|Male sex [n (%)]||232 (58)|
|Duration of infection (years)*||16.7 ± 11.7|
|Age (years)*||51.8 ± 12.2|
|Body weight (kg)*||70.4 ± 13.5|
|BMI > 25 kg/m2 [n (%)]||182 (46)|
|Cholesterol level > 200 mg/dL [n (%)]||82 (21)|
|Triglyceride level > 150 mg/dL [n (%)]||40 (10)|
|HCV1/4 [n (%)]||201 (50)|
|Fibrosis stage ≥ 4 [n (%)]||116 (29)|
|HCV viral load < 0.6 × 106 IU/L [n (%)]||181 (45)|
|Moderate to severe steatosis [n (%)]||175 (44)|
|Arterial hypertension [n (%)]||70 (18)|
|HOMA score*||1.15 ± 0.82|
At the baseline, IR was present in 48 patients (12%), and this was independent of the HCV genotype [17 patients (11%) with HCV1, 16 patients (12%) with HCV2, 9 patients (14%) with HCV3, and 6 patients (15%) with HCV4, P = 0.8]. However, it was associated with age (P = 0.02), a BMI > 25 kg/m2 (P = 0.005), a liver fibrosis stage ≥ 4 (P = 0.0001), an HCV viral load < 0.6 × 106 IU/L (P = 0.005), and moderate to severe steatosis (P = 0.009).
The SVR rates were not influenced by the presence of IR at the baseline [60% (29/48) in patients with IR at the baseline versus 63% (220/351) in patients without IR at the baseline, P = 0.8]. IR at the baseline did not influence the rates of ETR [69% (33/48) versus 75% (262/351), P = 0.4] or relapse [24% (8/33) versus 19% (49/262), P = 0.5; Fig. 1]. SVR and on-treatment virological response rates (i.e., RVR, EVR, and ETR) were also not influenced by IR in an HCV genotype subgroup analysis (Fig. 2).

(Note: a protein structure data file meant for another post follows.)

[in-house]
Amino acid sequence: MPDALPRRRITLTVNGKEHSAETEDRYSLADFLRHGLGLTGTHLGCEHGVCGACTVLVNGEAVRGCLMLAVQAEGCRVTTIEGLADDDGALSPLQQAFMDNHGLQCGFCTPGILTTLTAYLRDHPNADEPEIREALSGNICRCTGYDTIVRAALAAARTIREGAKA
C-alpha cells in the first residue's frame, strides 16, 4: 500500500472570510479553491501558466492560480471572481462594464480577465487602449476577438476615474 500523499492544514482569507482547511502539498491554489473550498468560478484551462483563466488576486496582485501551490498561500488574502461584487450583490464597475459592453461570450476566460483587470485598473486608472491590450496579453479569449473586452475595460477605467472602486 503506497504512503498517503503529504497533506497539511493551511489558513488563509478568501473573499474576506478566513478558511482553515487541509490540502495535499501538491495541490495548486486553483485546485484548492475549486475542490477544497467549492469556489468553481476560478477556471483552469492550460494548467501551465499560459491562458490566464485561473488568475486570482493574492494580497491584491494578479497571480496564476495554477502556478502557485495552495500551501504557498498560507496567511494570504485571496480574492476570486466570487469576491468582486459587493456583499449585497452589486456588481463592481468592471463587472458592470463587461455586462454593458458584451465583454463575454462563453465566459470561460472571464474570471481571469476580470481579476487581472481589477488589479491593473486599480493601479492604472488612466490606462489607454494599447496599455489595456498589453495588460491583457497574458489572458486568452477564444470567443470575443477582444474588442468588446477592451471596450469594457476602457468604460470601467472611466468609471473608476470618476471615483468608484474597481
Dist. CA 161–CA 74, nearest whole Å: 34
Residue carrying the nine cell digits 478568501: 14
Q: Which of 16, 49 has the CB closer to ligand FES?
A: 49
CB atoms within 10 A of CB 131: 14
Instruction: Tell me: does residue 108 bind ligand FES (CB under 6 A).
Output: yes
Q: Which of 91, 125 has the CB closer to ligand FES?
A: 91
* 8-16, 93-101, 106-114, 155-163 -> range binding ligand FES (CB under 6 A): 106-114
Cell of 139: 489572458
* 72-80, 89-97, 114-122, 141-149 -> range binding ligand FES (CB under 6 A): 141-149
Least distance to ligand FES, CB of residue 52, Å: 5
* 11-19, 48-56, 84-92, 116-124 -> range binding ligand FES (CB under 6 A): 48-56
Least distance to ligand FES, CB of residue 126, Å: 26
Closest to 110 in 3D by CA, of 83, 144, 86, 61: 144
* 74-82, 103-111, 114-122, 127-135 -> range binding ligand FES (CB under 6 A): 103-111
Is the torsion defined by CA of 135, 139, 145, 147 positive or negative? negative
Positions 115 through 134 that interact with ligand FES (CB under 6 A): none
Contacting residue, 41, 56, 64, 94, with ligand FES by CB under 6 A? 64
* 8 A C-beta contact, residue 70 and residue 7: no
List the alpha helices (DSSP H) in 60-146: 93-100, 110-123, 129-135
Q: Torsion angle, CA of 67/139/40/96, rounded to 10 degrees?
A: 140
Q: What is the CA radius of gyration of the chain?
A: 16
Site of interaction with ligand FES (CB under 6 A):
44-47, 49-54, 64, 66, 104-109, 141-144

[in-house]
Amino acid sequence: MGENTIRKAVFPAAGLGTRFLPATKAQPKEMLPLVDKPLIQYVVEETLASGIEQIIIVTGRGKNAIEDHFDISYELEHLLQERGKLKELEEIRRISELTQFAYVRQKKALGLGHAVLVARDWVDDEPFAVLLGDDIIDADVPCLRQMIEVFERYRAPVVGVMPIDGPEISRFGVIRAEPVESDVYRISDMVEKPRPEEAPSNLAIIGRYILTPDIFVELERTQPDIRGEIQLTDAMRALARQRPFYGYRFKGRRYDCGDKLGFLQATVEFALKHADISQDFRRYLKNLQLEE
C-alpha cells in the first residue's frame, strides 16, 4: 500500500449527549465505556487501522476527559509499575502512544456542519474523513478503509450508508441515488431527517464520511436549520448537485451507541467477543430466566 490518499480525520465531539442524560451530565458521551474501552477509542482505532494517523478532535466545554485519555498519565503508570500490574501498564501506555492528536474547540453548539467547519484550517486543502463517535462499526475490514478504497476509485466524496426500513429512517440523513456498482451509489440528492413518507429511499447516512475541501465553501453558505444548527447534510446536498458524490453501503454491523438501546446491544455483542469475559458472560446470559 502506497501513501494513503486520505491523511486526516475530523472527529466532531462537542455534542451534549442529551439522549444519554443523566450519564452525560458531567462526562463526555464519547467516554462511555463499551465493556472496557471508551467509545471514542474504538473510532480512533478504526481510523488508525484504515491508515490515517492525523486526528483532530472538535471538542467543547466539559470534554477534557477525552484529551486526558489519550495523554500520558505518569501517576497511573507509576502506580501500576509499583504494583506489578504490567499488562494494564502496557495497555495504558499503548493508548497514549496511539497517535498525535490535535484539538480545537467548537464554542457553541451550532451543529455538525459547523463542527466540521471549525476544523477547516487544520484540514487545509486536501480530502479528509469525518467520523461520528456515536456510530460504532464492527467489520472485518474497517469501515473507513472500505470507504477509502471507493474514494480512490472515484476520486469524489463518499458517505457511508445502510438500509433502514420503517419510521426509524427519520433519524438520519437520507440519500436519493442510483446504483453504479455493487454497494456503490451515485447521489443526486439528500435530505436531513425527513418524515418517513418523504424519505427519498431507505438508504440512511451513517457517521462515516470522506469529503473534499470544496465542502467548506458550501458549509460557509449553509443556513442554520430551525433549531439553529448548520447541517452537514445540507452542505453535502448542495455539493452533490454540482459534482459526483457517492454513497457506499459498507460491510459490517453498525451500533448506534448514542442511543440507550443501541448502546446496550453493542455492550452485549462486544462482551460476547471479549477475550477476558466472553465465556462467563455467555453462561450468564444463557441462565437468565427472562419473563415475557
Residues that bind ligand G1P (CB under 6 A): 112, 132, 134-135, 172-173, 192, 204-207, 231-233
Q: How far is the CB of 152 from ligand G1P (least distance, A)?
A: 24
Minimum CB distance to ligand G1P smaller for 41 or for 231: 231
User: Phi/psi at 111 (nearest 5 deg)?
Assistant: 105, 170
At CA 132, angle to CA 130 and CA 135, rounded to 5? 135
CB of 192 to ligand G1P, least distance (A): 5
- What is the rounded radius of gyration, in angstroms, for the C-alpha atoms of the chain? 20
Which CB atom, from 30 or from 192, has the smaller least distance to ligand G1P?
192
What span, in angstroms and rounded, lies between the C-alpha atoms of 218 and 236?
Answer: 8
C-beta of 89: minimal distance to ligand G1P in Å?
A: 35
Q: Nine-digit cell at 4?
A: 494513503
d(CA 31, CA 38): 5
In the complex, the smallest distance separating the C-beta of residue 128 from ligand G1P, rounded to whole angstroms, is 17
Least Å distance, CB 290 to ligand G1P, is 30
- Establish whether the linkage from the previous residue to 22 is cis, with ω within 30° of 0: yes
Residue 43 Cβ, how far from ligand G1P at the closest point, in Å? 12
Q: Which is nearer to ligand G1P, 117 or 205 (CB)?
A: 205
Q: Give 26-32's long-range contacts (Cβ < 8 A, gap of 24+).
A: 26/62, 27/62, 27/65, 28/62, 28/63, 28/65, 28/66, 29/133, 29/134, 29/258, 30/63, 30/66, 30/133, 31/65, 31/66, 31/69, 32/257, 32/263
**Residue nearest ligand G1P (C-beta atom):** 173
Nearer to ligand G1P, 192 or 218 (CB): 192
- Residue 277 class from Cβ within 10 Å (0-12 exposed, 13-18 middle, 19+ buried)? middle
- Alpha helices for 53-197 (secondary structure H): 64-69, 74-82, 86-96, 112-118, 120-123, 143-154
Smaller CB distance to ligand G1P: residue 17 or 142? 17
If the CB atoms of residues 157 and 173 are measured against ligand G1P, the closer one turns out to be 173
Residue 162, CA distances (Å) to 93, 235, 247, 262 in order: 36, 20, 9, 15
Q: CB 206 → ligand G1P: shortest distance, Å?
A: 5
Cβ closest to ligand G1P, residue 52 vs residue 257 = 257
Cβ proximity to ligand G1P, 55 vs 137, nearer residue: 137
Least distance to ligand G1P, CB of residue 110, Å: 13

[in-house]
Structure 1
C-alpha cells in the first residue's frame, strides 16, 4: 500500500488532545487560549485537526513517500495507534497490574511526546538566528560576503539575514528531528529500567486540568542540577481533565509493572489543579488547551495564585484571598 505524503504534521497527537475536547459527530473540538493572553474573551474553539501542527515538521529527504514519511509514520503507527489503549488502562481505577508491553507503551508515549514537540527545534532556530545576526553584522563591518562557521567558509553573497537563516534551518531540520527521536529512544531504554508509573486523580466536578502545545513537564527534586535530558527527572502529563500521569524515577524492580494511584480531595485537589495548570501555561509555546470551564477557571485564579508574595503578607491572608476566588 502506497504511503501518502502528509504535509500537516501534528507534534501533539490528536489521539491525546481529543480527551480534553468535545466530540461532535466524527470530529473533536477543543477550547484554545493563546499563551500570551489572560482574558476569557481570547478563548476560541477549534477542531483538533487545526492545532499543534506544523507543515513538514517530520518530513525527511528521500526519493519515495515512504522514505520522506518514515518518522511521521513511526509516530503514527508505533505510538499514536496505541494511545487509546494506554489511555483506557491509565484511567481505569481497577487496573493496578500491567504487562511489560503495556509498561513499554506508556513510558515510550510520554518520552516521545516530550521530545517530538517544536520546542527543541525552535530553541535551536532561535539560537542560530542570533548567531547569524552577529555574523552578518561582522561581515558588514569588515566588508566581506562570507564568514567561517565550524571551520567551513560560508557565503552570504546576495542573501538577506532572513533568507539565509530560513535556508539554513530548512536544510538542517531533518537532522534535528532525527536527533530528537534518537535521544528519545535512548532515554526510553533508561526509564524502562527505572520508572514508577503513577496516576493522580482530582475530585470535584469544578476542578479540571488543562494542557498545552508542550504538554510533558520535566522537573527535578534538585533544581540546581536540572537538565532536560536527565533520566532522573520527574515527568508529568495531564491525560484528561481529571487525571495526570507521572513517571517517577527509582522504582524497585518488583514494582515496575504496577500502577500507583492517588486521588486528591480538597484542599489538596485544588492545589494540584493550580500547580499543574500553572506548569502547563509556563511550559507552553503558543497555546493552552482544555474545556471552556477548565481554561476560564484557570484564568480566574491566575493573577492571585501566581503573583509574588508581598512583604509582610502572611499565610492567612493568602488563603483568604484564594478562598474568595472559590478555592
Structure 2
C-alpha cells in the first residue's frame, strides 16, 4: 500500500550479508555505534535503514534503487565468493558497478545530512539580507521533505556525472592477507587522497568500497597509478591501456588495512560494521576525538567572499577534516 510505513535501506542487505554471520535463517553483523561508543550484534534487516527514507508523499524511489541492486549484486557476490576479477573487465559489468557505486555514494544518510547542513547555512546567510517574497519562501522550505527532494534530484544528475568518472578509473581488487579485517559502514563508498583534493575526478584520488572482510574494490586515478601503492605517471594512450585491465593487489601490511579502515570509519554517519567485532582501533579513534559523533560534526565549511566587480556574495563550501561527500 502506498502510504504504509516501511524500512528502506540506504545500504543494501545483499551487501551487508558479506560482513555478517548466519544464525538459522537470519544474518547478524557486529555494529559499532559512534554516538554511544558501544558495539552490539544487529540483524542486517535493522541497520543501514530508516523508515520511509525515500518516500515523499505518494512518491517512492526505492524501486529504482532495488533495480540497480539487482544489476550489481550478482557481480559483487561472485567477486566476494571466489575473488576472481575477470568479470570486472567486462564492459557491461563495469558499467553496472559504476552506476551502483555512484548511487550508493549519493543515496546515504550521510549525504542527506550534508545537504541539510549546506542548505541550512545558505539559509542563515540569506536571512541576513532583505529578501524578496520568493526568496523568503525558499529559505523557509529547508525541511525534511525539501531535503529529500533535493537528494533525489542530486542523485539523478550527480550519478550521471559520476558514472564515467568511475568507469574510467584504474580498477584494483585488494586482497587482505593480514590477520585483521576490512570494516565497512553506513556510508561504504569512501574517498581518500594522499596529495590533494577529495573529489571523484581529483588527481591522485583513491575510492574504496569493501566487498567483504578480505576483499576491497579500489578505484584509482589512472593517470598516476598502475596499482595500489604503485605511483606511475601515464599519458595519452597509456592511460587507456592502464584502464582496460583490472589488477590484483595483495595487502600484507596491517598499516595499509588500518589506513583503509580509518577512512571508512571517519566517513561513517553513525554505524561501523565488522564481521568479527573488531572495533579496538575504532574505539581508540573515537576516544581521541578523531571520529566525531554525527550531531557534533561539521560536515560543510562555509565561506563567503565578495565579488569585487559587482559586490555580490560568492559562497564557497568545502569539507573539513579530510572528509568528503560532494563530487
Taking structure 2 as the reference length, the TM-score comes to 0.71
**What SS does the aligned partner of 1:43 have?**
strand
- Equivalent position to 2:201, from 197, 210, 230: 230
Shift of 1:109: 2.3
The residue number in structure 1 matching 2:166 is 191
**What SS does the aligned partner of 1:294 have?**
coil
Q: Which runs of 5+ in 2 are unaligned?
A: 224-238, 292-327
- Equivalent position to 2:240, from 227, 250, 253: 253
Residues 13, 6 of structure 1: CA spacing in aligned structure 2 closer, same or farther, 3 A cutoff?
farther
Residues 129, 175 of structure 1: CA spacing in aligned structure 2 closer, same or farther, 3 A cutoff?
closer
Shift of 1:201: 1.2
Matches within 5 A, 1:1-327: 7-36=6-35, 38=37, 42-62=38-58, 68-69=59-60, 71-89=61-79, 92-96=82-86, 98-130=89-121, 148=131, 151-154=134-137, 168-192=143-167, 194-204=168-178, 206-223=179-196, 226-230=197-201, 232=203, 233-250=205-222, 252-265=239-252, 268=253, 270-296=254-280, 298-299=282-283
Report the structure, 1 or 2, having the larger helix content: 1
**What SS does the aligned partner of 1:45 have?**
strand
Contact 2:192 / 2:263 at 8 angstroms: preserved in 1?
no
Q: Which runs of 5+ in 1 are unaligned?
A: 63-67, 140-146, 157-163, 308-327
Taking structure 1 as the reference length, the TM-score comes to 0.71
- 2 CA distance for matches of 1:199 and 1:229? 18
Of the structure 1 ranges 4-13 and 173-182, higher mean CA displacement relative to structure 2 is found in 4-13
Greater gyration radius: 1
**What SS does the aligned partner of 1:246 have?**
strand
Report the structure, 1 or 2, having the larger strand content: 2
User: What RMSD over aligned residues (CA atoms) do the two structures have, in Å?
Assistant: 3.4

Impact of SVR on IR.
HOMA was measured 24 months after treatment completion in 354 patients (89%; Table 2). Follow-up HOMA testing was not performed in 45 patients because 20 were lost to follow-up, 2 developed hepatocellular carcinoma, 3 developed T2DM, and 20 were re-treated with PEG-IFN/RBV before the scheduled 24-month follow-up visit. At the 24 month follow-up visit, IR was found in 49 patients (14%) and was more frequently detected in patients with treatment failure versus patients with an SVR (19% versus 11%, P = 0.07). When we assessed the impact of treatment outcomes on HOMA-IR, we found the prevalence of a HOMA score > 2 at the baseline and during follow-up to be similar in SVR and non-SVR patients (12% versus 11%), whereas an increased prevalence during the follow-up visit was observed for patients experiencing treatment failure (10% versus 19%). In the overall population, the mean HOMA value at the 24 month follow-up visit was 1.29 (range = 0.9-7.0), which was significantly higher than the baseline value of 1.14 (range = 0.3-6.3, P = 0.03). An increase in HOMA values was not seen in SVR patients because the mean baseline and 24-month follow-up HOMA values were similar (1.11 ± 0.8 versus 1.18 ± 1.1, P = 0.25). On the other hand, patients experiencing treatment failure showed a significant increase in the mean HOMA value at the follow-up visit (1.20 ± 0.85 versus 1.49 ± 1.3, P = 0.007; Fig. 3). This pattern was seen in HCV1 and HCV4 patients and in HCV2 and HCV3 patients, although it reached statistical significance only in the former group (Fig. 3).